The Nokia 5800: A Perfect Bum Tool

This lovely piece of Finnish cellphone has been with me for more than a week already after I succumbed to my wife’s persistent request to replace my 3-year old Motorola L6. Besides, the old cellphone is becoming to be the cause of failure-to-communicate since its speaker conked out due to countless drops and misuse. And needless to say, in my current bum status, not clearly hearing an initial job interview over the phone is a no-no—justification, justification, justification.

So far since I bought it though, I haven’t had any job calls. But why should I care, this phone after all isn’t just a phone. If there’s one phone that will make one happy even while his much awaited calls seem unlikely to happen, it is the Nokia 5800. There’s just so much to this phone that job hunt frustrations can be easily forgotten and that killing time can become a habit.

The Nokia 5800’s touch pad meets expectations although I’ve read that upgrading the firmware version from V11 to V21 will improve its response. Right now I care less and might not care about it in the near future after learning from Nokia Care that it will take at least two hours to do the upgrade.

This model is part of Nokia’s ExpressMusic series and true enough it sounds crisp either through its earphones or its loudspeaker. I don’t recommend connecting it though as an input to the car’s stereo as the MP3 quality varies thus affecting the volume of each music file that other than watching out for potholes while driving, one would have to deal with adjusting the music volume all at the same time.

The Nokia 5800 comes with a 3.2 MP that is great for shots under bright light—e.g., daytime—and just like any other low quality/resolution cam, it doesn’t perform well under low light conditions. But you get what you paid for, right? Paying P14,900 for a phone one shouldn’t expect an SLR-like quality. Don’t get me wrong though, for a bum, for a blogger (both of which best describes me), this is more than enough. I just hate it though that there’s no option to turn the camera shutter sound totally off (there are 3 other settings but none that makes shooting discreet). It’s a skeuomorph and I don’t like it.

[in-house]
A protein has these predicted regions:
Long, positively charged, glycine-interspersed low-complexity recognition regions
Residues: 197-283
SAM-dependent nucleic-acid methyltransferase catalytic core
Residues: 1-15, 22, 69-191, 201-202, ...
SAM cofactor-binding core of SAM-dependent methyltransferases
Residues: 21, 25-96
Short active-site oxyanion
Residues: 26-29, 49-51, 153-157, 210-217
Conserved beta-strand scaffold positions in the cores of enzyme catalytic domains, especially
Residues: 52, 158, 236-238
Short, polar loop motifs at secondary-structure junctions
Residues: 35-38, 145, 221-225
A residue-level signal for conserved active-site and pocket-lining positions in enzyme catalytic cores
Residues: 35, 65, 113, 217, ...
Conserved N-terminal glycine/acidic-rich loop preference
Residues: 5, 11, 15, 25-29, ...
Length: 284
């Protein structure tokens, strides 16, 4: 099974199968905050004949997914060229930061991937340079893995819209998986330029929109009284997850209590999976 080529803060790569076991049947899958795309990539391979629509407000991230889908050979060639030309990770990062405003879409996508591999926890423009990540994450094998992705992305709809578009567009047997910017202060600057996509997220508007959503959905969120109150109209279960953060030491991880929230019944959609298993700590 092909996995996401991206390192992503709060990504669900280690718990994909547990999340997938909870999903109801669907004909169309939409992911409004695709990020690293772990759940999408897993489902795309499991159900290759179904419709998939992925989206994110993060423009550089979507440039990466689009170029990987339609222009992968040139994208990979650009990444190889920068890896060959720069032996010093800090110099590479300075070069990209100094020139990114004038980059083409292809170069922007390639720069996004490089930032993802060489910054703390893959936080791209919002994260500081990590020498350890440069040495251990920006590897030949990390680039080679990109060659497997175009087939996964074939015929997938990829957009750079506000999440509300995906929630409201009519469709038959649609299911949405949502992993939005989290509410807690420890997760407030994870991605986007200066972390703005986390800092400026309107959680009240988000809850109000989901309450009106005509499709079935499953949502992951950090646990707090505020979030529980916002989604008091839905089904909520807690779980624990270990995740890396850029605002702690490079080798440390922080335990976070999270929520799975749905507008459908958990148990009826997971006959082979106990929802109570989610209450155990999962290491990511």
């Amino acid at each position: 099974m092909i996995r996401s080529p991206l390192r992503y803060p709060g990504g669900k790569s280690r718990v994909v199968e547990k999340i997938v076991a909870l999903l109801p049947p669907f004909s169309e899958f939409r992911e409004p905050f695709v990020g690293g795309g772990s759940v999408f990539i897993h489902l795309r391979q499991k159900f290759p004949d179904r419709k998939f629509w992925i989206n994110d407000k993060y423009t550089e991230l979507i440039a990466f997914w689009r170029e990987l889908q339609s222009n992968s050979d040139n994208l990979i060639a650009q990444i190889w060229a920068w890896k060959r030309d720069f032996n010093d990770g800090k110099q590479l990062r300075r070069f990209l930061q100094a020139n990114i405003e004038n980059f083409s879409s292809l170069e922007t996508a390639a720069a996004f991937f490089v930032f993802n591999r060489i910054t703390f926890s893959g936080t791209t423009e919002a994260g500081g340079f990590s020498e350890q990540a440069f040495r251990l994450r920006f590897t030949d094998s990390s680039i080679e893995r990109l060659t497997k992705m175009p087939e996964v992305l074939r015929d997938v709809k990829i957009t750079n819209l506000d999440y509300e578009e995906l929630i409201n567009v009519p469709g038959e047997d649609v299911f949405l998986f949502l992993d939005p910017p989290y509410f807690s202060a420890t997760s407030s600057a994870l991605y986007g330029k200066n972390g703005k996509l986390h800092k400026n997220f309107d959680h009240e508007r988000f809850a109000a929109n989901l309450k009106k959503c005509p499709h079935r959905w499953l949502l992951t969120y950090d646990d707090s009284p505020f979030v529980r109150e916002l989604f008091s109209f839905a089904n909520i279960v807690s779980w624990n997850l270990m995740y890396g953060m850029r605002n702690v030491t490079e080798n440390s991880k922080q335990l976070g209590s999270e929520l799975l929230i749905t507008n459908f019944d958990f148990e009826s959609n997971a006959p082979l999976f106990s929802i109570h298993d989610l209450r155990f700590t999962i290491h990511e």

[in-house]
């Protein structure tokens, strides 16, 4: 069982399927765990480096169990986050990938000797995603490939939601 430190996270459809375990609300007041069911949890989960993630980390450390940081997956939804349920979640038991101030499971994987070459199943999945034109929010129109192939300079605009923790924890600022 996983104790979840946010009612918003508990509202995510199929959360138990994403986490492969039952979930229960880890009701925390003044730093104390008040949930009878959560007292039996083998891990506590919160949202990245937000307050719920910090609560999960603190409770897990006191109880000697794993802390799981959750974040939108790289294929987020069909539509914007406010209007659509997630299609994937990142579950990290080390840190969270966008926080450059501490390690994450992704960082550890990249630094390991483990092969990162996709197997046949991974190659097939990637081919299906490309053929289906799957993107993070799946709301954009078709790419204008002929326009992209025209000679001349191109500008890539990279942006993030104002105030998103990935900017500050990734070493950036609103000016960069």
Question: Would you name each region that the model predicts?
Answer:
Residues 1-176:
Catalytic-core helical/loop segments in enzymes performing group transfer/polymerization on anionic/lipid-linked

Shots of places in Manila taken using the Nokia 5800.

I love most of the videos (mp4 format) that comes along with this phone. The resolution is unbelievable. Even those I’ve shot came out almost on par with my Sony handheld video recorder. However, I discovered that the mp4 format has to be converted at least to wmw for it to be played once transferred to the PC. Good thing I was able to download a converter from Freewarehome.com.

Others raise their eyebrows at the guitar pick that comes along with the strap of the cellphone. But I don’t, as I prefer using it over the stylus, except when I’m in the mood to kill time by texting using the handwriting feature which I’m now starting to learn and appreciate.

With the hectic time I have right now both at school and at home where my favorite photo subjects are—my wife and kid, it might take me another week more to discover and learn the other features that this perfect bum tool has. I’m just wishing though that next time I’d hear another lovely HR voice saying, “…Mr. Nacionales, this is to inform you that you are scheduled for an interview…” When that time comes, I’m quite sure she’d hear me clearly say, “Yes…I’m coming”.

***

Mood: 3/10 Honks!

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The Story of the Feather Pillow

I have been longing to tell this story that I heard from the previous parish priest in Manggahan, Cavite. And now is just the perfect time.